The “Phoenix Economy,” State of the World Forum and Global Coherence Initiative

“A new economic order is rising from the ashes—and a new generation of innovators, entrepreneurs and investors is accelerating the changes essential for delivering scalable sustainable solutions to the world.”

The Phoenix Economy:  50 Pioneers in the Business of Social Innovation

Global Footprint Network has been named one of the “Phoenix 50,” a new list generated by Volans, an organization that describes itself as “part think-tank, part consultancy, park broker and part incubator.”  They are in the business of helping develop and scale social innovations to financial, social and environmental challenges.

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They distinguish between four types of markets instead of the usual two we’re used to hearing about–Bull and Bear markets.  The Dragon characterizes markets like China, where social cohesion is just strong enough to keep the double-bottom line economic engine roaring, while the Phoenix is the kind of market we have to do more than hope we’re destined for–a market that “blurs across national borders and works to integrate the triple bottom line of economic, social and environmental value added into its DNA—as a triple helix of change and new growth.”

From the website:  “From the ashes of the downturn, a new Phoenix Economy is self-assembling—focused on providing social and environmental solutions, where markets and governments have failed. If the pioneers of the Phoenix Economy are to succeed, they will still need substantial assistance from governments, foundations, investors and businesses, and we identify urgent opportunities for facilitation, collaboration and support.”

Volan’s Phoenix Economy report was supported by The Skoll Foundation, SustainAbility, NetImpact, and the United Nations Environment Programme.  It’s a market intelligence report of scale solutions leading into a Phoenix economy, and ends with a “Phoenix Agenda,” detailing how different sectors can help enable this paradigmatic shift.  The Phoenix 50 are organizations–for-profit, non-profit, and NGO’s–that are, in the authors’ opinions, among the best currently doing this work.  (Heartening to see the Haas School of Business, UC Berkeley on the list, since I was there pioneering socially and environmentally responsible curriculum for corporations during most of the 90’s, when awareness of the need for this kind of work was quite low–except among the student body in the form of the self-organized Students for Responsible Business, which has since become NetImpact.)

The report quotes the same”everyone a changemaker” remark from Bill Drayton that I quoted in an earlier post on his presentation at the Tech Awards last year.  Drayton is convinced that we’re about to hit the “awareness tipping point” in which “the public at large will engage.”  This is one of the functions of collab partners like the 2009 State of the World Forumto move the momentum towards a tipping point in which the public is not just aware, but is also motivated and empowered to act; that is, where a critical mass feels sufficiently networked into solutions capable of addressing the challenges we face in transforming ourselves and our societies.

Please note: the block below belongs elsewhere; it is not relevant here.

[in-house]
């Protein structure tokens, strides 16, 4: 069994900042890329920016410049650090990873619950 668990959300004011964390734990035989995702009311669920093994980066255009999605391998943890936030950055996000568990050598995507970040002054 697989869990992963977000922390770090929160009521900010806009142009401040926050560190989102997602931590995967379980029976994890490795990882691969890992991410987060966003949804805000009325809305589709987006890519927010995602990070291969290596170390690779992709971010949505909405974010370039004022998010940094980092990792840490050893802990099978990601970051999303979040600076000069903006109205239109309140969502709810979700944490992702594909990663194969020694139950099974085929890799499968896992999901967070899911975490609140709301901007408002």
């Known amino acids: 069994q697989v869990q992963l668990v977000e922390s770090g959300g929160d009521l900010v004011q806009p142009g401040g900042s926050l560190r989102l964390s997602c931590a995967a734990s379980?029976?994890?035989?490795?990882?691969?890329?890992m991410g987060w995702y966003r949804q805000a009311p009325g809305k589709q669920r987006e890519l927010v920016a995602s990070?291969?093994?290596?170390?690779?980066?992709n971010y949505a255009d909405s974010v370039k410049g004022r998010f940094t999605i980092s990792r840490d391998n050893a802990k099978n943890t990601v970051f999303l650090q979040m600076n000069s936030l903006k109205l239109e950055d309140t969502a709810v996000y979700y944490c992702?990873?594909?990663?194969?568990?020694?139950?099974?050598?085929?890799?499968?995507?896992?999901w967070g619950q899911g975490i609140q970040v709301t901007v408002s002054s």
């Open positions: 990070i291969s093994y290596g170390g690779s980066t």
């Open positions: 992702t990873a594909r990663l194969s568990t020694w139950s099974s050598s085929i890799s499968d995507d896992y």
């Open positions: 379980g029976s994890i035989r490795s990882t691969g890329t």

One of the most interesting parts of the report is the “Pathways to Scale” model, which is described as 5 stages:

  1. Eureka!, in which growing dysfunctions of the current order reveal emerging opportunities
  2. Experiment:  trial-and-error responses to those opportunities
  3. Enterprise:  building responsive business models that support new value creation
  4. Ecosystem, in which critical mass is achieved through alliances and imitation
  5. Economy:  the system transcends to a new equilibrium.

These stages remind me of what Belgian chemist and Nobel Laureate Ilya Prigogine said about a system in balance and functioning well.  Such a system is difficult to change, but as that system falls into disorder, change becomes more and more feasible and finally inevitable.  At that inevitable point the least bit of coherent order (or critical mass) can usher in a new higher form of order.  We are clearly at that inevitable point.  Now we need to facilitate the critical mass that will usher in a higher-functioning order out of the “ashes of the downturn.” Reports like the Phoenix Economy, and organizations such as those that comprise the Phoenix 50, are helping to get us there.  And for an example of an initiative working to create critical mass on the level of being to complement the doing, see the Global Coherence Initiative.

Read the full report, or watch for the second half of this post which will summarize remaining highlights.